The timing of the STMP program and recommendations became a concern to the police department. A notice was sent out inviting the public to meetings regarding the STMP Draft Recommendations and the budget. Although Finance Committee meetings are always advertised, few citizens attend. That changed this year. 

The borough applied for and received a $52,500 grant through the PA Department of Community and Economic Development's Strategic Management Planning Program. STMP assists municipalities by supporting the costs associated with hiring an independent financial consultant to complete a financial and management review of their municipality. Receiving the grant could also enable the borough to apply for another grant. What the borough and its residents received were draft recommendations, and they caused some concerns for members of the public and also members of the police department.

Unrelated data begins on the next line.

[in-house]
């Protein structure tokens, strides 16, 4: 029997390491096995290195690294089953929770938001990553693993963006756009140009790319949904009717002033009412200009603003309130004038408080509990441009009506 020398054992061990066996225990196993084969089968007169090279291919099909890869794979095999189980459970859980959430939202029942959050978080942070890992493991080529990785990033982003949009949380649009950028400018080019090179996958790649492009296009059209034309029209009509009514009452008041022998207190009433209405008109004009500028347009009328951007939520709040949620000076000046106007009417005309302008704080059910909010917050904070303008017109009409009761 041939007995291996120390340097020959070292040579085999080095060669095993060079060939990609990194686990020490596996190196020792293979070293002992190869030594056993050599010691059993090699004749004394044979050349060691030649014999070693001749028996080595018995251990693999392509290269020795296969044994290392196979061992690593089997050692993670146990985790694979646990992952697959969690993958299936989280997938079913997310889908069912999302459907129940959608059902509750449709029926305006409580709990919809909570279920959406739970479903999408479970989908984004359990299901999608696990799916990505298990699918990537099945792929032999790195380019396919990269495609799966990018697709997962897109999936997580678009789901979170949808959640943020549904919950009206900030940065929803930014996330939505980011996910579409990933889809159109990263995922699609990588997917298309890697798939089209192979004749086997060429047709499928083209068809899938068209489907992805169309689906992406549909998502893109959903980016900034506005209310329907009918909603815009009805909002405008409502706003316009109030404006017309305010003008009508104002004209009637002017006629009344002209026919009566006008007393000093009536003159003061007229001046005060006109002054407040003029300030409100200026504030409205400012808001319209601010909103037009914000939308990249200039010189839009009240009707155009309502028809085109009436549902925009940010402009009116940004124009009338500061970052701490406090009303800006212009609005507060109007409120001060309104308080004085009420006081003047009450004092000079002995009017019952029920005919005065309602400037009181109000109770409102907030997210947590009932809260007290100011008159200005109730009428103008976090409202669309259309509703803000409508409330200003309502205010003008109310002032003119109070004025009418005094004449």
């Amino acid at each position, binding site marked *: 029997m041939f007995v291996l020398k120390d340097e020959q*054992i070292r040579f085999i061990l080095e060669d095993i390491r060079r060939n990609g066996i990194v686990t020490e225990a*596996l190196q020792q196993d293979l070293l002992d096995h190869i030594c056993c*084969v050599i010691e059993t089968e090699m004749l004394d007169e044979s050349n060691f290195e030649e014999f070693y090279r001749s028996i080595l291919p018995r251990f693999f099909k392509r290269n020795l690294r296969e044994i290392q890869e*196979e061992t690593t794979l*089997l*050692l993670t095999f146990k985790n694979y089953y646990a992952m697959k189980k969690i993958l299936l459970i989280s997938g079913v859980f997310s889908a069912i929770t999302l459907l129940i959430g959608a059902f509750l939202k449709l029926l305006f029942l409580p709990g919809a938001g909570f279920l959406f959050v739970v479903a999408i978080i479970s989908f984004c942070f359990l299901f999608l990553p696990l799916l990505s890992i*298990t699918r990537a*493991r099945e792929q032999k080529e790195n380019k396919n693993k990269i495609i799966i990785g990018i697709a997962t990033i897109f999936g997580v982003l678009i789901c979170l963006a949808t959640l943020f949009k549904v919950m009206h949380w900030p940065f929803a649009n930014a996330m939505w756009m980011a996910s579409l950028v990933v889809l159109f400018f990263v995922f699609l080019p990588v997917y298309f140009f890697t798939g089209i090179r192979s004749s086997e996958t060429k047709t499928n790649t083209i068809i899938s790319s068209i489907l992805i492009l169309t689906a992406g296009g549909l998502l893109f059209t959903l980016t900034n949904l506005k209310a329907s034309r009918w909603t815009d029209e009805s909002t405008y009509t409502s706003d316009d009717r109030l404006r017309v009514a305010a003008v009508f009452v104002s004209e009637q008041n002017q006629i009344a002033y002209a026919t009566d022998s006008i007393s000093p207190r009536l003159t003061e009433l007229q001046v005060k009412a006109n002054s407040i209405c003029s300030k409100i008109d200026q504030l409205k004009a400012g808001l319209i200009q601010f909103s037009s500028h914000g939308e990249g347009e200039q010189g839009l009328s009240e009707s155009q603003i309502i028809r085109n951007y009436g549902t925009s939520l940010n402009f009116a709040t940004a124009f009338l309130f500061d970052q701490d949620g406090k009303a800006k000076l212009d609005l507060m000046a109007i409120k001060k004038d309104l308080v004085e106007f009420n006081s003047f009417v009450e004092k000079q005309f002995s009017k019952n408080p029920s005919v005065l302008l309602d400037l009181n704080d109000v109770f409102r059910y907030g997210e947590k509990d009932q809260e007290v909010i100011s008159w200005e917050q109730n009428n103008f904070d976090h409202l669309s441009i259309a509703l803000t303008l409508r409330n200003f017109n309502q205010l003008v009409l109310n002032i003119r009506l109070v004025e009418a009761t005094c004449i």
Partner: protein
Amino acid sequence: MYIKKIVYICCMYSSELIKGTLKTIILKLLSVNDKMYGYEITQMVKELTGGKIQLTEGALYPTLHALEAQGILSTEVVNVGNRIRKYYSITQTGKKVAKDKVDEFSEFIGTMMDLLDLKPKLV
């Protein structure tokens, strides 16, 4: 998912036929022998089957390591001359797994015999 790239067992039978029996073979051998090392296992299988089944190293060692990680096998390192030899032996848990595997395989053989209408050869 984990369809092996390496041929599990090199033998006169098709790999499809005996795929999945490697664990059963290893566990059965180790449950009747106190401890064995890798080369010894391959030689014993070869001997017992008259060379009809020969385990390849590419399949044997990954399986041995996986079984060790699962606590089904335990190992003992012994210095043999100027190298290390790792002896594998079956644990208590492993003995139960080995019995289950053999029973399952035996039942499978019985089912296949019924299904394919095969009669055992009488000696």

That concern set the stage for a response from the police department. That response came from Officer Scott Richards. Richards, along with Officer Karlianna Eller, were understandably hailed as heroes during the devastating S. Third Street fire due to their quick evacuation of the burning buildings.

Richards has worked at the Oxford Police Department since 2006 and is the President of the Oxford Police Association.

“I came here tonight on behalf of the dedicated men and women who have the privilege to serve the community,” he said.

He continued, “In a recent notice published by the Borough of Oxford, the Borough applied for and received a $52,500 grant. What was not readily advertised is that the Borough Council voted to approve an additional $10,000 of taxpayer money, not included in the original grant, to expedite the police study.”

It was also noted by Richards that, “The study was prepared in time for a July arbitration hearing” between the two departments.